Town Topics — Princeton's Weekly Community Newspaper Since 1946.
Vol. LXIV, No. 11
 
Wednesday, March 17, 2010
Coldwell Banker Princeton Office

Prudential Fox and Roach, Realtors

Gloria Nilson GMAC Real Estate

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N.T. Callaway Princeton Office

Stockton Real Estate, LLC

Weichert, Realtors



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Iris Interiors


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Weather Forecast


After the Big Storm, Two Weeks of Work

Dilshanie Perera

Ellen Gilbert

Felling trees and flooding basements, inflicting power outages and road closures, Saturday’s storm caused almost everyone in central New Jersey some degree of inconvenience as a result of the heavy rain and driving winds.

The precipitation began on Friday night accompanied by strong winds with gusts up to 70 miles per hour. It continued on Sunday, and the results of the weekend deluge were still being felt on Monday, when Princeton Regional Schools were closed “due to power outages and road closures.” 

The road closures, reports Township Police Detective Sergeant Ernie Silagyi, include Quaker Road, Faculty Road at Washington Road; River Road; Stuart Road between Great Road and Cherry Hill; and Winant Road. Snowden Lane at Van Dyke is open, he said, but there were several downed trees and wires in the area.

In the Borough, Alexander Road was closed at University Place. There were no fatalities or injuries reported, although one motor vehicle accident did occur at 1 a.m. on Sunday, when a driver ran into a large tree that had fallen across Herrontown Road near Autumn Hill Road. The driver was reported to be okay, although his car sustained heavy damage. 

Borough Administrator Bob Bruschi lauded the Police Department, Public Works Department, and volunteer Fire Department for their tireless efforts and for “answering multiple hundreds of calls over a 24-hour period.”

“We have what we estimate to be over two weeks of work laying on the ground,” Mr. Bruschi said of the storm damage that needs to be rectified and felled trees that need to be removed. He reported that Harrison Street Park was significantly damaged mid-renovation, with a total of 11 trees down, but that the ground would have to dry out before work could be done on that site.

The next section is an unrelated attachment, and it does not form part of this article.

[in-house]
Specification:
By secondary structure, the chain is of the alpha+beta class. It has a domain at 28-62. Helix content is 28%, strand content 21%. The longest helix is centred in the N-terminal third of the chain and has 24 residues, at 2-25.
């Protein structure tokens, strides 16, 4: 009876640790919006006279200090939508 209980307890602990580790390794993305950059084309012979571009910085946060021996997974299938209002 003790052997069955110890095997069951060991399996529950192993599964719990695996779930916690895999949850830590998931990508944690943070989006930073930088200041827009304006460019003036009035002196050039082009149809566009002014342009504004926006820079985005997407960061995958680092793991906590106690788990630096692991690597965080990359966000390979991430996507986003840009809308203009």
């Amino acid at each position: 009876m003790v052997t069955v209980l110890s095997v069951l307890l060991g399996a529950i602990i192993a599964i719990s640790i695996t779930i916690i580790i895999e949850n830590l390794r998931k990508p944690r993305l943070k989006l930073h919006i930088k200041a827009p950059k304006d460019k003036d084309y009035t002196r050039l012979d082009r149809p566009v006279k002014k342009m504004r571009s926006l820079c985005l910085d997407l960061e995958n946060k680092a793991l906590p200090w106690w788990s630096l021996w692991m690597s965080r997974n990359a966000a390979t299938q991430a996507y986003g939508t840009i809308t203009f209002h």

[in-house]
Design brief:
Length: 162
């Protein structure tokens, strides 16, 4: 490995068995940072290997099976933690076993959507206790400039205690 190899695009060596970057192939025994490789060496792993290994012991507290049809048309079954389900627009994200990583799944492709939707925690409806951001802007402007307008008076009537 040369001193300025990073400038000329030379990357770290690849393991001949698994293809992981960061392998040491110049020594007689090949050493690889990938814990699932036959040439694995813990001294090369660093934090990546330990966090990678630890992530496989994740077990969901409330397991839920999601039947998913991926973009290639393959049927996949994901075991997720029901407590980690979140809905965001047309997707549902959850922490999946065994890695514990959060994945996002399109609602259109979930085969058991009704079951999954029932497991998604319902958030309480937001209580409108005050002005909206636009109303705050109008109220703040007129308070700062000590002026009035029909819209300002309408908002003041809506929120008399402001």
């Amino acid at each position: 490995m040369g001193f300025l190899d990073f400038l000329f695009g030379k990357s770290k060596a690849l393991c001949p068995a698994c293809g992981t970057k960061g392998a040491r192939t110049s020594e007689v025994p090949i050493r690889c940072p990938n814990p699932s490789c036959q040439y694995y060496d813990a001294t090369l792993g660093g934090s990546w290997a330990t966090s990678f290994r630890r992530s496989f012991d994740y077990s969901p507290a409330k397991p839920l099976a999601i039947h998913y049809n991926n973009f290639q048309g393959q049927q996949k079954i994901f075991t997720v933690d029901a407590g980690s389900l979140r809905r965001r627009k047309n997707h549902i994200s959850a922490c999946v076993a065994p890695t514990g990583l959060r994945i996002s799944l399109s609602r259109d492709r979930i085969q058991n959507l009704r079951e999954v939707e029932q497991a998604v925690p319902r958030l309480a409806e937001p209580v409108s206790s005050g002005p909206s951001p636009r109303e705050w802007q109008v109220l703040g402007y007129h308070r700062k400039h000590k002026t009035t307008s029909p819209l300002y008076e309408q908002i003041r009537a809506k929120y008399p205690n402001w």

Another affected site is on Quarry Street, where a “large Borough Tree came down on top of a property,” Mr. Bruschi reported. “We have a crane coming in to surgically remove the tree from the house,” he added, noting that power would be restored to the street following the tree’s removal. Some other large trees have been cut up and moved off the road but are waiting to be cleared.

Blackouts struck many neighborhoods, lasting from a few hours to several days. With sump pumps stilled by the lack of electricity, flooded basements seemed to be the norm by midday Sunday.

In his storm damage report, Sergeant Silagyi noted that the Princeton Township Office of Emergency Management was activated on Saturday at 3 p.m. as a result of “numerous reports of wires and trees down from the storm. Additional Police Officers, Communication Officers, and two Mercer County Sheriff’s Officers were called in to assist with the high volume.”

Felled trees and downed power lines were a common sight, and traveling just a brief distance in the area had the potential to become an hours-long expedition, as motorists were turned away from one side street and main road after another while crews cleared debris and repaired wires. Drivers’ good will was further taxed as failed street lights required exercising good manners and intelligence in traversing many intersections. 

Sergeant Silagyi said that Township police responded to reports of “over 60 trees down, and over 35 road closures because of flooding and roads blocked by downed trees.” 

“Princeton Fire Department and Princeton First Aid and Rescue Squad also responded to numerous calls,” said Sergeant Silagyi. “Princeton Fire Department is still in the process of pumping out flooded basements. There are still areas of power outages that may not be restored until Wednesday.”

Mr. Bruschi advised residents to bring brush out to the curb for pick up if it was a manageable size, though he cautioned that the Borough would “need a little leniency” in clearing the material given the total amount of felled vegetation.

Approximately “20 truckloads of tree debris” have been removed from various parts of the Borough, with Mr. Bruschi estimating that it will “probably be 100 truckloads when all is said and done.”

Amtrak suspended service between New York and Philadelphia on Saturday, and New Jersey Transit trains along the Northeast Corridor did the same as some 500 passengers spent five hours aboard an idle Trenton-bound train that stopped operating west of Rahway as a result of a power loss. N.J. Transit and Amtrak officials said stranded riders are eligible for refunds and should call customer service.

Inbound traffic had reached a standstill, with downed trees and power lines partially blocking Alexander and Washington Roads on Sunday morning. Cars were redirected to Route One and back into town through Harrison Street.

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